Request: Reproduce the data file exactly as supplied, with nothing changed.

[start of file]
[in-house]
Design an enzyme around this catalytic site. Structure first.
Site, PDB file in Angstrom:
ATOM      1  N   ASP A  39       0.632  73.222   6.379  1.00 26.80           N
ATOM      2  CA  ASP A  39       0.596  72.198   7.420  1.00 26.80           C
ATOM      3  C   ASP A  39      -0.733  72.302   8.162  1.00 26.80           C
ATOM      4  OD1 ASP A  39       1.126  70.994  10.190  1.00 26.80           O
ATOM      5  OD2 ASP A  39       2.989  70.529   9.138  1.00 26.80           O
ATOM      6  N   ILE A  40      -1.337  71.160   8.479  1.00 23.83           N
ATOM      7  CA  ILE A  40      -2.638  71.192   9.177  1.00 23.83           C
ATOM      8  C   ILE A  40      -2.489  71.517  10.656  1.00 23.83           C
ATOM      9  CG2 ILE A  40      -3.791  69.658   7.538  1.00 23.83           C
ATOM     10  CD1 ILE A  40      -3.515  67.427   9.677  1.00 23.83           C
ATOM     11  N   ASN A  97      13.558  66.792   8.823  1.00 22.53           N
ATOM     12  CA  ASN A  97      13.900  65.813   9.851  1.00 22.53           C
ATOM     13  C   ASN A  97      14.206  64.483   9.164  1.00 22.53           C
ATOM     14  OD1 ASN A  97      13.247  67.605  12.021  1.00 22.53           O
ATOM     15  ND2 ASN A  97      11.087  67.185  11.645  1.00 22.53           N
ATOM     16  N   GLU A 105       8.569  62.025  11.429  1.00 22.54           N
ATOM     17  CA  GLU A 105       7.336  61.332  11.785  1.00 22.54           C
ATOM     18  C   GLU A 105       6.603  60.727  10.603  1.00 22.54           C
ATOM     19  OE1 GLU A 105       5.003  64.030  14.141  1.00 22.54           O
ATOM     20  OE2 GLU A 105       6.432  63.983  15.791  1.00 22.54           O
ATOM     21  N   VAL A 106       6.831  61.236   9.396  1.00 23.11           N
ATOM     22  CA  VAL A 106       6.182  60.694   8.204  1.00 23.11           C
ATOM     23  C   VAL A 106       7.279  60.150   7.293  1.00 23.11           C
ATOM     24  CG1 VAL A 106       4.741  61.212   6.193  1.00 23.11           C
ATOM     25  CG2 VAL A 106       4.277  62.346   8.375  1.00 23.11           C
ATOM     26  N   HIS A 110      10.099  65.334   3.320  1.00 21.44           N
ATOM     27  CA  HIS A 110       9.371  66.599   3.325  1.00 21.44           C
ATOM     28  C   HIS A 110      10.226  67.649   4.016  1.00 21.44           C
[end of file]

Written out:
[in-house]
Design an enzyme around this catalytic site. Structure first.
Site, PDB file in Angstrom:
ATOM      1  N   ASP A  39       0.632  73.222   6.379  1.00 26.80           N
ATOM      2  CA  ASP A  39       0.596  72.198   7.420  1.00 26.80           C
ATOM      3  C   ASP A  39      -0.733  72.302   8.162  1.00 26.80           C
ATOM      4  OD1 ASP A  39       1.126  70.994  10.190  1.00 26.80           O
ATOM      5  OD2 ASP A  39       2.989  70.529   9.138  1.00 26.80           O
ATOM      6  N   ILE A  40      -1.337  71.160   8.479  1.00 23.83           N
ATOM      7  CA  ILE A  40      -2.638  71.192   9.177  1.00 23.83           C
ATOM      8  C   ILE A  40      -2.489  71.517  10.656  1.00 23.83           C
ATOM      9  CG2 ILE A  40      -3.791  69.658   7.538  1.00 23.83           C
ATOM     10  CD1 ILE A  40      -3.515  67.427   9.677  1.00 23.83           C
ATOM     11  N   ASN A  97      13.558  66.792   8.823  1.00 22.53           N
ATOM     12  CA  ASN A  97      13.900  65.813   9.851  1.00 22.53           C
ATOM     13  C   ASN A  97      14.206  64.483   9.164  1.00 22.53           C
ATOM     14  OD1 ASN A  97      13.247  67.605  12.021  1.00 22.53           O
ATOM     15  ND2 ASN A  97      11.087  67.185  11.645  1.00 22.53           N
ATOM     16  N   GLU A 105       8.569  62.025  11.429  1.00 22.54           N
ATOM     17  CA  GLU A 105       7.336  61.332  11.785  1.00 22.54           C
ATOM     18  C   GLU A 105       6.603  60.727  10.603  1.00 22.54           C
ATOM     19  OE1 GLU A 105       5.003  64.030  14.141  1.00 22.54           O
ATOM     20  OE2 GLU A 105       6.432  63.983  15.791  1.00 22.54           O
ATOM     21  N   VAL A 106       6.831  61.236   9.396  1.00 23.11           N
ATOM     22  CA  VAL A 106       6.182  60.694   8.204  1.00 23.11           C
ATOM     23  C   VAL A 106       7.279  60.150   7.293  1.00 23.11           C
ATOM     24  CG1 VAL A 106       4.741  61.212   6.193  1.00 23.11           C
ATOM     25  CG2 VAL A 106       4.277  62.346   8.375  1.00 23.11           C
ATOM     26  N   HIS A 110      10.099  65.334   3.320  1.00 21.44           N
ATOM     27  CA  HIS A 110       9.371  66.599   3.325  1.00 21.44           C
ATOM     28  C   HIS A 110      10.226  67.649   4.016  1.00 21.44           C